Media and Technology Institute Stats and Studies – January 13, 2014
The digital divide between Blacks and whites continues to exist, but is not consistent among demographic groups or technological platforms, according to the Pew Research Center’s new study on African Americans and Technology Use. While African Americans still trail white Americans overall in Internet use (80 percent to 87 percent) and home broadband adoption (62 percent to 74 percent), Blacks between the ages of 18 and 29 were as likely to use the Internet (98 percent) and have home broadband (86 percent) as their white counterparts. Cell phone ownership, smartphone adoption and social media use were equally popular among both racial groups overall.
The United States is tops in broadband subscribers but seriously lagging in fiber connections, according to the latest data from the Organisation for Economic Co-operation and Development. While the U.S. is home to 93 million broadband subscribers and trails only Japan in wireless penetration, it ranks 14th in overall fiber connections and below OECD average in fiber growth.
After a visit to Silicon Valley to discuss spectrum auctions and the open Internet, FCC Chairman Tom Wheeler attended a town hall meeting in Oakland sponsored by Voices for Internet Freedom. There, he answered questions on concerns to communities of color, such as lack of high-speed broadband, minority access to the media, access to broadband by the poor and minorities and media consolidation.
A study from technology company Ericsson, in cooperation with Arthur D. Little and Chalmers University of Technology, found that broadband speed may increase household income. This analysis of select OECD countries, along with Brazil, India and China, found that average broadband speed positively correlates with household income, with income leaps showing up at 2 Mbps for OECD countries and .5 Mbps for BIC countries. Potential reasons for this correlation include gaining technological services that allow for more productive work and exposure to the wealth of information that the Internet provides.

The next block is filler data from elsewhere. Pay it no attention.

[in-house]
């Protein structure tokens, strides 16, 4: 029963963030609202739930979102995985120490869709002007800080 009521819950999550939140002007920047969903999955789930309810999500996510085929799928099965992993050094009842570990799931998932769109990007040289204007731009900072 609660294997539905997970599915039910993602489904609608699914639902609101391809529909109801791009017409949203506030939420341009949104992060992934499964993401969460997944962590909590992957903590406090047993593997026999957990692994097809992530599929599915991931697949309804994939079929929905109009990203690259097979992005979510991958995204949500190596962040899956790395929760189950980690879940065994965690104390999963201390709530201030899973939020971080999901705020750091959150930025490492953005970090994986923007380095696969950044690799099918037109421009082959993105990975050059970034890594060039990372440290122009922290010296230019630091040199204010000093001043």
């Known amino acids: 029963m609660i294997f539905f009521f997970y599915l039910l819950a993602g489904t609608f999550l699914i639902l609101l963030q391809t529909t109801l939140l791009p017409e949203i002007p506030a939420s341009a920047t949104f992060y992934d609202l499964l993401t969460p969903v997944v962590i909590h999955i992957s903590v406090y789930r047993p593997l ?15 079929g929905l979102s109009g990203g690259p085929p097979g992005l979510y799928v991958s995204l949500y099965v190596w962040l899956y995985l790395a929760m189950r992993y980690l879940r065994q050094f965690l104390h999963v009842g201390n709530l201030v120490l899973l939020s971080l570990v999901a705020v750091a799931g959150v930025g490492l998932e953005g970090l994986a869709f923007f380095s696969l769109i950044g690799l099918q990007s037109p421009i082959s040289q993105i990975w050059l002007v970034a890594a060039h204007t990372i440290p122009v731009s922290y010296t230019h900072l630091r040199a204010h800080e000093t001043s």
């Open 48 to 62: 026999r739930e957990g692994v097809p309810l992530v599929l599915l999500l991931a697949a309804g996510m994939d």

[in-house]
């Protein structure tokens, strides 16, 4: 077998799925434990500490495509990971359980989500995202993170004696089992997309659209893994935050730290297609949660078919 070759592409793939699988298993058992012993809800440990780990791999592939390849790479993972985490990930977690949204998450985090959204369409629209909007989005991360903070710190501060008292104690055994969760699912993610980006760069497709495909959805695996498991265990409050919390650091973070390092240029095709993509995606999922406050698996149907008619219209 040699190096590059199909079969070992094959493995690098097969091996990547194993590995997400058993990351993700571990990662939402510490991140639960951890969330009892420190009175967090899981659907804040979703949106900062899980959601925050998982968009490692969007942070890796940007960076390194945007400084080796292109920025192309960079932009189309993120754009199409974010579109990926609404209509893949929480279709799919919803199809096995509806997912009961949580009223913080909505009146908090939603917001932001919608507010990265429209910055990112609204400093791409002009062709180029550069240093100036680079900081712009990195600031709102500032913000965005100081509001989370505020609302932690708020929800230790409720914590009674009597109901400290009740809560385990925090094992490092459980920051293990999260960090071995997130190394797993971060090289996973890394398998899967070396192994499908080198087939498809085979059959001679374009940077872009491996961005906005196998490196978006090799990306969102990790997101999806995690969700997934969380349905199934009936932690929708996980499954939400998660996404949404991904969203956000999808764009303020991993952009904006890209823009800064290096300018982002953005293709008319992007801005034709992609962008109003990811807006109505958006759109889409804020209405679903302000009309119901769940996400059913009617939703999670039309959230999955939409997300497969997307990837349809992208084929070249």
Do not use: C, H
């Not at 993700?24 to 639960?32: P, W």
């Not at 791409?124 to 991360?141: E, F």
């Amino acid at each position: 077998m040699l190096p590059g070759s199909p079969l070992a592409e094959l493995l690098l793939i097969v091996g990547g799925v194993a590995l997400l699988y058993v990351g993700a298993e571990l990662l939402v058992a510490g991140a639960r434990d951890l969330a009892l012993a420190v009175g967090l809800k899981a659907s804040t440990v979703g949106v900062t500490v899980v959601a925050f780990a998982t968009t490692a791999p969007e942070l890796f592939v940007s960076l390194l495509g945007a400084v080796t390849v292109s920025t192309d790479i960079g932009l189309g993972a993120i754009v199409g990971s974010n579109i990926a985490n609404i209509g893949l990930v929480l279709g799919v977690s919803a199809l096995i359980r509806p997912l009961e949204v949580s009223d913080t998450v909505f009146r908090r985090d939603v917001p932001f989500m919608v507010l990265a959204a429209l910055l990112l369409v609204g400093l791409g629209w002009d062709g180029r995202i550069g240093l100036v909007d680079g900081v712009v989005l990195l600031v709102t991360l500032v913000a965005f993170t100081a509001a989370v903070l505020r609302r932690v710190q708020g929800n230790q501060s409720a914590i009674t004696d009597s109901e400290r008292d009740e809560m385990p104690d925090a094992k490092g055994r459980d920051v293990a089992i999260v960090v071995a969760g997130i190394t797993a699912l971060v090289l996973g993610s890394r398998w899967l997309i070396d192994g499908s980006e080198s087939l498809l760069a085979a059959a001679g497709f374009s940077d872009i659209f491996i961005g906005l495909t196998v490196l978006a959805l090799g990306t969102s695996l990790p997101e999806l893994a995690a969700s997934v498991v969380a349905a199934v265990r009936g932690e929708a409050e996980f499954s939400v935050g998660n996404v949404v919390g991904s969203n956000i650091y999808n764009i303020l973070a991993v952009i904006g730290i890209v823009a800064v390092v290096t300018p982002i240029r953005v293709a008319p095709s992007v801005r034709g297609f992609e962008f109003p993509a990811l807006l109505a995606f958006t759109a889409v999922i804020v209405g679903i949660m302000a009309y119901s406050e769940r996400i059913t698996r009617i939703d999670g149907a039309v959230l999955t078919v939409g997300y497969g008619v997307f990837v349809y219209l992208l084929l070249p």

CBS News scores highest in journalistic quality and lack of bias according to a poll of news directors given by TVNewsCheck. CBS scored 3.16 on a four-point scale of overall quality and was considered to have “no bias” by 47.4 percent of directors surveyed. With the exception of CBS, all news networks declined in quality since the 2011 news directors poll. Meanwhile, Pew finds that Americans are less likely to recognize a top news anchor today than they were in 1985.
Forty-four percent of Americans use another electronic device while watching television, typically a smartphone, according to a report by the Consumer Electronics Association and the National Association of Television Program Executives. Of those using a second screen, 67 percent are searching for program-related content. Only 13 percent of second screen users report that using another device makes watching TV “much more enjoyable,” while 67 percent find it makes their viewing experience “somewhat more enjoyable.”
Digital media sales have doubled in the past year, becoming the fastest-growing source of home entertainment revenue. Despite remaining a fraction of total home entertainment spending, digital sales surpassed $1 billion in 2013 and are seen as part of an offset for slumping DVD sales.
December 2013 broadcast station numbers from the Federal Communications Commission listed 776 low-power radio stations, 15,358 full-power radio stations and 1,784 full-power television stations in the US. These numbers are up slightly for full-power radio and television and down slightly for low-power radio from September 2013 totals.
A bill on telehealth modernization aims to standardize the definition of telehealth and promote its use. Meanwhile, a report from the Office of the Inspector General for the Department of Health and Human Services warns of flaws in the push for electronic health records adoption, mainly surrounding fraud.